You should have filled your gas tank in Aberdeen, especially if you're planning to travel after dark. For many years there was no gasoline available at night (except in the summer) between Aberdeen and Miles City, Montana, a distance of nearly 400 miles. Currently there are two 24-hour stations in towns nearly 200 miles apart. On the last stretch, the 78 miles from Baker, Montana, to Miles City, there are no towns of all, just a spectacularly desolate moonscape of sagebrush. Farmers will usually give or sell a little gas to stranded travelers, and small-town police forces often have keys to the local service stations so they can sell you enough to get you on your way. But the message is clear: you're in the West now. Pay attention to your gas gauge. Pay attention, period.
But it's hard to pay attention when there is so much nothing to take in, so much open land that evokes in many people a panicked desire to get through it as quickly as possible. A writer whose name I have forgotten once remarked, “Driving through eastern Montana is like waiting for Godot.” I know this only because a Lemmon Public Library patron brought me the quote, wanting to know who or what Godot was.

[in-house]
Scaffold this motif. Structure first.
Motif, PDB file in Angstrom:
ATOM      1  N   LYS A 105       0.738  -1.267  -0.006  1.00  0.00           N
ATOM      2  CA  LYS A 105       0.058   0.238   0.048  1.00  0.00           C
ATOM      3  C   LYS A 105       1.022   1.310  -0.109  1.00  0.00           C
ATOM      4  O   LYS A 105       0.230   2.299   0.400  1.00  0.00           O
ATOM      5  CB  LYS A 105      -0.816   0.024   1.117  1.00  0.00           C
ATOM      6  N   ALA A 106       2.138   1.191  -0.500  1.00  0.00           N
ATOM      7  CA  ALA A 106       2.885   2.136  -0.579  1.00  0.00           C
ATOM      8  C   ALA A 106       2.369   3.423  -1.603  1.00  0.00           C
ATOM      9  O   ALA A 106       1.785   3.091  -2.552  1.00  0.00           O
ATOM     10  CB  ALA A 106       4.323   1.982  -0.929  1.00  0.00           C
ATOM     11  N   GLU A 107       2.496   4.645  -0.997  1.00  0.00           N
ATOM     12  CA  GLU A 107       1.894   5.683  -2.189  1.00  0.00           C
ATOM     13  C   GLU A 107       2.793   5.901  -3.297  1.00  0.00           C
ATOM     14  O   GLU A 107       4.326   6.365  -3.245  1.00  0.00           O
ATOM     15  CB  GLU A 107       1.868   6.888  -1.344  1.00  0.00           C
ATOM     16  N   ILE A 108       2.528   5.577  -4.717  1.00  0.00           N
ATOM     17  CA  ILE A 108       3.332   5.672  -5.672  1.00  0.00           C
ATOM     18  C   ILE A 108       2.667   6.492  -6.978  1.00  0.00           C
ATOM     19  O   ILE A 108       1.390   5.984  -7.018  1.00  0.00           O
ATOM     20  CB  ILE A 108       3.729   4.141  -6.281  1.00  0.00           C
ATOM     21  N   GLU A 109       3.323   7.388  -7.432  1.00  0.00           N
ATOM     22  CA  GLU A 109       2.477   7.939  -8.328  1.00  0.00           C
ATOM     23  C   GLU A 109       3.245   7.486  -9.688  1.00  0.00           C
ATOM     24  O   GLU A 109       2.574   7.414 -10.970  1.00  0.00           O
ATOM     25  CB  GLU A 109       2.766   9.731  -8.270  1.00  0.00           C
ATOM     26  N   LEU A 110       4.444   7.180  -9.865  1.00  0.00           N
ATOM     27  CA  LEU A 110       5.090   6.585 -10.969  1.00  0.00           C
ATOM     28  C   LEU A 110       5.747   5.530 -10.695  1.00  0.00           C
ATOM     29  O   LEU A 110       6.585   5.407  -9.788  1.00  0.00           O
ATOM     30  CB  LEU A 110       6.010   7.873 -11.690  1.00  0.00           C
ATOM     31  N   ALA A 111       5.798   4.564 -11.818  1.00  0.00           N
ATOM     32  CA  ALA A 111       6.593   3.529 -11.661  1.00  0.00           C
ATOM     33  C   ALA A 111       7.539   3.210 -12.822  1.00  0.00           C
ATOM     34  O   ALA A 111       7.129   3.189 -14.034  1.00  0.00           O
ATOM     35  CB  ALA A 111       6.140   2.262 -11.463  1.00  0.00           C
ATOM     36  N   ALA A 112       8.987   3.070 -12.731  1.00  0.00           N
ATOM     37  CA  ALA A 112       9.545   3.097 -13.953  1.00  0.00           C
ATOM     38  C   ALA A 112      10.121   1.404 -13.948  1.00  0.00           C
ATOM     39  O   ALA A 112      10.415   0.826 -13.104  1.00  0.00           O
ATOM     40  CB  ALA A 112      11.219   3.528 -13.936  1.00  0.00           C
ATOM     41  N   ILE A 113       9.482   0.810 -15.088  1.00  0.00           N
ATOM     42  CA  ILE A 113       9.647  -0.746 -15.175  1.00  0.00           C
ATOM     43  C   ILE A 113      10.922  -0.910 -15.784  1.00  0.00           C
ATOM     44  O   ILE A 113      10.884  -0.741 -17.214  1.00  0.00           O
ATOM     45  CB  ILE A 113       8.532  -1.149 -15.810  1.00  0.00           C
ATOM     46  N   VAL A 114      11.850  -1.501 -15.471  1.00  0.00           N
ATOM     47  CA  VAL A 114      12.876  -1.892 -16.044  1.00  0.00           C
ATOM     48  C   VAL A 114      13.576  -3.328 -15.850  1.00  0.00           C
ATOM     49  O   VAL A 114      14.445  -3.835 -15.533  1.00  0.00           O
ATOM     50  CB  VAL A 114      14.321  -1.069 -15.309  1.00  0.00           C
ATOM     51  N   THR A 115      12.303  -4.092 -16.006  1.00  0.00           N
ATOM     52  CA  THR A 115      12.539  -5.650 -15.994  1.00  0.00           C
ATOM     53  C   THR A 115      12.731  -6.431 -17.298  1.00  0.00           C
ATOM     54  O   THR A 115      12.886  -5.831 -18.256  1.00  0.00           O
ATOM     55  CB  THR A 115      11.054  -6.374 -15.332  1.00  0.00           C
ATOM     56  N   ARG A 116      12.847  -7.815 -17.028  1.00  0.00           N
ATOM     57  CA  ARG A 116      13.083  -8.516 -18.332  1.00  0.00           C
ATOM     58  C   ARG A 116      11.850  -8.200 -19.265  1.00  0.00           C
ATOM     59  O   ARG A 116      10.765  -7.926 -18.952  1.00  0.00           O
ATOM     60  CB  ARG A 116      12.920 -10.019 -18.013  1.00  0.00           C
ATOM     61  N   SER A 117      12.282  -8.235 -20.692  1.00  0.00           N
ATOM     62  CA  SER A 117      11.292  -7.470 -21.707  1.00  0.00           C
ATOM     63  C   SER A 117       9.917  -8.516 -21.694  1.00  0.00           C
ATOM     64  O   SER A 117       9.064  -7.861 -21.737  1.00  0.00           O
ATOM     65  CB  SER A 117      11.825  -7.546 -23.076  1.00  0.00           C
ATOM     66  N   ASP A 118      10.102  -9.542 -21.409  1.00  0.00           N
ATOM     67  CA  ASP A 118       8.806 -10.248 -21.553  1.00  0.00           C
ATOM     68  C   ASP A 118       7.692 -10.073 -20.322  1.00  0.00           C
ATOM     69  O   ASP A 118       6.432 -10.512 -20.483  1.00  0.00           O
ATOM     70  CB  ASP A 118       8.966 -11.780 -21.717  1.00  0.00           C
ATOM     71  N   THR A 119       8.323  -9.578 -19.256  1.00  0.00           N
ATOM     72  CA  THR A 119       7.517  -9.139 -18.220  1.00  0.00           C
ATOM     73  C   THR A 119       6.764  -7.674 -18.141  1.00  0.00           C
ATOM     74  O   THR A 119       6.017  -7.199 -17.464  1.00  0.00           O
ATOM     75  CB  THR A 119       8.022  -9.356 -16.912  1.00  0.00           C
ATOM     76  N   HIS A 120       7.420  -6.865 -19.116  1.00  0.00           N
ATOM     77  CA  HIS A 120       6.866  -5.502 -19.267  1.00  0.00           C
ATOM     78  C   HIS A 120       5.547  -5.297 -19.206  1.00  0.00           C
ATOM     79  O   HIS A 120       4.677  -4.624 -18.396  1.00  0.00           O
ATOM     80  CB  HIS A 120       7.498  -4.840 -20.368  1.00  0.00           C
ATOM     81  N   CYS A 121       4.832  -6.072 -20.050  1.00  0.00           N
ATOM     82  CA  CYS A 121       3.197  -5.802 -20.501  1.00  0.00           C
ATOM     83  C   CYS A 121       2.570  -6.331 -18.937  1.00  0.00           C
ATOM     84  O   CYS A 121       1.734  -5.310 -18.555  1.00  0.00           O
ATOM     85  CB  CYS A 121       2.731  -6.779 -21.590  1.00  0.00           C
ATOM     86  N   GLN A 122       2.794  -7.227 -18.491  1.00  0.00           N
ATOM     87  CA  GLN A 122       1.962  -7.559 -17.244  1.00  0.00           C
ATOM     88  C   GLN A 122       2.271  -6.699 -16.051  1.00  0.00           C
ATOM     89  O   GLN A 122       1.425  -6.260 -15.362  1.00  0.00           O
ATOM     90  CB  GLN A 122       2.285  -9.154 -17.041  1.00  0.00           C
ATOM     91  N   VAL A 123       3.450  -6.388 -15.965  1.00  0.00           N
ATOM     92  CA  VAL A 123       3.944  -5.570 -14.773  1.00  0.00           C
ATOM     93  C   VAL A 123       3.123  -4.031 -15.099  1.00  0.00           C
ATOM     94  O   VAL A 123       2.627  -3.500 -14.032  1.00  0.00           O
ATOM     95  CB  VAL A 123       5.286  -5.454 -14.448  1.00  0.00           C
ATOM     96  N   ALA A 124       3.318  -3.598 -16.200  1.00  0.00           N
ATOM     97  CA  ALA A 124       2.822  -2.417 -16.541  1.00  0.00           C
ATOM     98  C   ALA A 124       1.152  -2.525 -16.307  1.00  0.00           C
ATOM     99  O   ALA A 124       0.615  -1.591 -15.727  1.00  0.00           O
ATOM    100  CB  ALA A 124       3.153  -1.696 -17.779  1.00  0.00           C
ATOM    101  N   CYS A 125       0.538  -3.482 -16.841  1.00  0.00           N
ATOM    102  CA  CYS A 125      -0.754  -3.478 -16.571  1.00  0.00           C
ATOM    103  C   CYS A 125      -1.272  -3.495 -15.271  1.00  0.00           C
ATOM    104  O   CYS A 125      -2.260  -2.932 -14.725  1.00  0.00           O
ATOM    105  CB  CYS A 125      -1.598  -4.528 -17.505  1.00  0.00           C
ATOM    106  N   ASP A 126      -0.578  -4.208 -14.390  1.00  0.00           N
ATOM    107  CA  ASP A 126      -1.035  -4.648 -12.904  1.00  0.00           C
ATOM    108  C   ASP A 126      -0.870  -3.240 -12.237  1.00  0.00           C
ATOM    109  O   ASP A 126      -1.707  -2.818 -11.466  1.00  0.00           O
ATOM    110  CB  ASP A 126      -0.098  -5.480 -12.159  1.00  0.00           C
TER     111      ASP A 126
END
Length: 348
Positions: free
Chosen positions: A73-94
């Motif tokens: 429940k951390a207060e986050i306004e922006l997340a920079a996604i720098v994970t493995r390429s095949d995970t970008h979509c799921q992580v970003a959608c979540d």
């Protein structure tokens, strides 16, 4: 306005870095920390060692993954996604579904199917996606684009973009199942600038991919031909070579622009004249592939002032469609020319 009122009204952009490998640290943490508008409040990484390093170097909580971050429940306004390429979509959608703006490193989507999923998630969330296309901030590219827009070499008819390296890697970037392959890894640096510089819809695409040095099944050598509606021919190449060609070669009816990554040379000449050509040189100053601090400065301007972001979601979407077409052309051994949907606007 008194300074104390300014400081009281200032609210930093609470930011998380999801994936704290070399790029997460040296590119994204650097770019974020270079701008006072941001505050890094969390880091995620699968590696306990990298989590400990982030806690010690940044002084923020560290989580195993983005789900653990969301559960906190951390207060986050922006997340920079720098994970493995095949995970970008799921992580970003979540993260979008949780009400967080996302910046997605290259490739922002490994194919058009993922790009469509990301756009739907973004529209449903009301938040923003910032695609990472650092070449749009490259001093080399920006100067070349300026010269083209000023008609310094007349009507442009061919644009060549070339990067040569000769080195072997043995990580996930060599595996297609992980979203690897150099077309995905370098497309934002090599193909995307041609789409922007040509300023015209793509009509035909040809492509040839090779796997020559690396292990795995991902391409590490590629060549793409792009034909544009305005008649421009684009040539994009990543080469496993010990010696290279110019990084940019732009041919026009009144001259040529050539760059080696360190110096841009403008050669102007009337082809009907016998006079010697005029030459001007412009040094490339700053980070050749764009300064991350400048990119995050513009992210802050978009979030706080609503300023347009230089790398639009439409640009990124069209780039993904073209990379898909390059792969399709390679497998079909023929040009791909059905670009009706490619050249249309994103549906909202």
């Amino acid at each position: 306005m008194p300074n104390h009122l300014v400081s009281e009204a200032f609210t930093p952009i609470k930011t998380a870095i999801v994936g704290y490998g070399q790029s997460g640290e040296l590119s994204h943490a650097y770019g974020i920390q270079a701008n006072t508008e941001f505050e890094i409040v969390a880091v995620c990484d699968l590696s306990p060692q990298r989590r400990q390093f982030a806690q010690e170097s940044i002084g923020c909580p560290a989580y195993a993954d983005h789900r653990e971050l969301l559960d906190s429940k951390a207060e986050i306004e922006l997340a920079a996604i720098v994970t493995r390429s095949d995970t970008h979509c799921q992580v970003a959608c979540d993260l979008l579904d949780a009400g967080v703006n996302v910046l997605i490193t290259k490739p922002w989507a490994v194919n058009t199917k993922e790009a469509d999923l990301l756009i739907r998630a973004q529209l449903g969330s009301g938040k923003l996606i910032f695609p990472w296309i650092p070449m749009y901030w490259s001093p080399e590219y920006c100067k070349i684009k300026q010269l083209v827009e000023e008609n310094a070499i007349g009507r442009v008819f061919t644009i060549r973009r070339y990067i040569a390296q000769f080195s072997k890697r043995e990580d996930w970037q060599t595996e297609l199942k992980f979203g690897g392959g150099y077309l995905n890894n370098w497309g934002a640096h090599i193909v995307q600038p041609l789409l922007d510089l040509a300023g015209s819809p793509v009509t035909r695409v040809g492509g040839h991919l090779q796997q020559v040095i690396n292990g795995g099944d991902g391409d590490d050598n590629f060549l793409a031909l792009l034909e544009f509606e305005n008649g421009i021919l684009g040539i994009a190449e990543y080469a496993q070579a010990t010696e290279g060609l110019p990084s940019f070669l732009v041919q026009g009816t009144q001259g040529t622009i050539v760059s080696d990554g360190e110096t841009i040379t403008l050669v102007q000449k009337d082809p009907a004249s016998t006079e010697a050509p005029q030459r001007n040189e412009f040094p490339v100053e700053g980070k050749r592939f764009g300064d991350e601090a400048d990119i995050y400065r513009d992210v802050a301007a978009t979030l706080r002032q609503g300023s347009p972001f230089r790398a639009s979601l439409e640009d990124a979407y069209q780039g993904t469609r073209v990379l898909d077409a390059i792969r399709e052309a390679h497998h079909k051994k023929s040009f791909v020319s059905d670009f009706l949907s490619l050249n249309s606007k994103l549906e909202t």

Wednesday, January 19, 2011
Today's quote is only partially about Montana, but it's evocative enough that it needs to be posted. This description of Highway 12 in Montana and the Dakotas is from the 1993 volume, Dakota: A Spiritual Geography, by Kathleen Norris.